February 10, 2018
Atlanta, GA – Variety Playhouse
Marillion is a band that I have been aware of for decades. They have always been one of those bands that I knew by name but knew very little about. I went to school with a kid who was a huge Marillion fan and all he could do was talk about how amazing their singer Fish was. I gave them a listen and I just didn’t get into it. I really did try. Marillion was just a name to me. Marillion was never a band that any of my close friends ever really talked about and there really was nobody to really nudge me into their direction in my later years to give them another listen.
A friend of mine that I’ve known for the past few years has very deep, personal connection to this band. Marillion just happened to be playing here in Atlanta for the first time in 28 years and upon her urging, I attended the show. My first impression upon walking into the sold out (or very close to sold out) Variety Playhouse was that I was walking into a whole new dimension.
Everyone had this common, electric excitement that seemed to emanate from them and fill the room. I over heard stories of past Marillion shows, I overheard two guys debating Fish vs. H (Marillion’s singer since 1989), and I even sat next to someone who was seeing their 27th Marillion show. I knew right away that I was about to see and hear something pretty fucking remarkable. The friendly, excited, and engaging vibe of the people around me gave me a sense of welcome and even more so when I told them that this was my first Marillion show. The common thing told me that night: “You picked an amazing time to take in your first Marillion show.”
Marillion has been doing shows supporting their 2016 release F.E.A.R (Fuck Everyone and Run) so I was told to expect a lot of material from that album. Honestly, this didn’t mean much to me as I was opting more for the element of surprise by not listening to this album before the show. No opening act, no fanfare, no nothing. Marillion took the stage at 8pm sharp to a roar that was so loud that it gave me chills. “Long Shadowed Sun” opened with it’s subtle, gentle, yet haunting ambience accompanied by some stellar cinematography on a media screen behind them. “The Gold” brought it all to life and immediately I felt completely swept away.
As corny as it sounds, Marillion was making magic right before my eyes. The connection they shared with each other and every song created an amazing listening experience and mixed with the visuals that went along with each song made it a full on journey of the senses. The fact that Marillion’s music contains elements of Pink Floyd, David Bowie, King Crimson, and the very few parts of U2 that I don’t find absolutely annoying made this such an amazing experience but it was lead vocalist Steve “H” Hogarth who captivated me the moment he took center stage.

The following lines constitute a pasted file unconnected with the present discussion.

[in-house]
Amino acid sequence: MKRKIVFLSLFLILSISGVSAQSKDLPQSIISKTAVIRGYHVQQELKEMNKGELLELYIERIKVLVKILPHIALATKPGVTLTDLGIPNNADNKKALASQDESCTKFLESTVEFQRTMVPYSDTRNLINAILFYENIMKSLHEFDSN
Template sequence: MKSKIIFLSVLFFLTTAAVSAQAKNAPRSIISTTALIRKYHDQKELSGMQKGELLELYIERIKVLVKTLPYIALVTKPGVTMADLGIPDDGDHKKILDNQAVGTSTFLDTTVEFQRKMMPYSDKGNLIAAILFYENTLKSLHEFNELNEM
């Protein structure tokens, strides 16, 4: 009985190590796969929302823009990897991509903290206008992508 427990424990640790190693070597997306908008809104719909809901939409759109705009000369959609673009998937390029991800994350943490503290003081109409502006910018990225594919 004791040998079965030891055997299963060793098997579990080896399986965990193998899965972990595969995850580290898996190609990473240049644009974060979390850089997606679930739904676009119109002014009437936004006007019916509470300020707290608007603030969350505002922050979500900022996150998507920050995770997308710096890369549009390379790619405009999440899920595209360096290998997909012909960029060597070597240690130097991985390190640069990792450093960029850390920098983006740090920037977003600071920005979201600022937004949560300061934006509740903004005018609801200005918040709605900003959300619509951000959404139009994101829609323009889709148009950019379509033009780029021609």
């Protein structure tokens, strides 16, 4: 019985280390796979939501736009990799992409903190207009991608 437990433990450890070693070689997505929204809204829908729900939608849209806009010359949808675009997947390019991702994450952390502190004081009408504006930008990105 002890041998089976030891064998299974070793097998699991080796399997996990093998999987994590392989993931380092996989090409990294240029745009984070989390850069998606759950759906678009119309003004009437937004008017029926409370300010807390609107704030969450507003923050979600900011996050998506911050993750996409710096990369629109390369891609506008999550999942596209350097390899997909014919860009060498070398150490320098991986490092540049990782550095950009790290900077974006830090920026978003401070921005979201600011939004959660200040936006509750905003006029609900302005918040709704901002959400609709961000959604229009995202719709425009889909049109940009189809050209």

H has a presence that is commanding but it’s not pompous or arrogant; it’s just purely magnetic and from the first song to when the band walked off stage I couldn’t keep my eyes off of him. H embodied the spirit of charasmatic front men such as Bowie and Peter Gaberial yet posessed this humble character like that of Pink Floyd’s David Gilmour. H has this way of making you feel like you are the only person in the room. Some times I would even find myself closing my eyes and feeling as if I was transcending to this place where everyone else in the room seemed to be at. That, my friends, is a powerful fucking feeling.
I really could go on an on about how fucking amazing this show was. Hearing everyone sing along with “Kayleigh”, the amazing visuals that accompanied the song “King” of fallen icons such as Prince, Duane Allman, Bon Scott, Phil Lynott, Jerry Garcia, and Syd Barrett just to name a few, and the outstanding sensory overload encore of “The Invisible Man.” For a man who rarely finds himself at a loss for words at any given time, it was hard for me to actually write this review because sometimes its just too fucking hard to put to words an expeience that leaves you speechless.
My first Marillion concert was a life changing experience for me and anyone who knows me or reads this blog knows that this isn’t something I just say about any fucking band. Marillion struck a huge chord with me and I feel as if a door to my heart has been opened to let them in. Marillion embodies little bits of every fucking thing I love about music and this performance is something I will never forget. It’s also a feeling that I hope never goes away no matter how many times I see them in the future. This experience is right up there with the memories of moments that will remain with me for a lifetime: my first kiss, my first cigarette, my first joint, my first love, and my first Marillion concert.
For more on Marillion, head over to http://www.marillion.com/shop/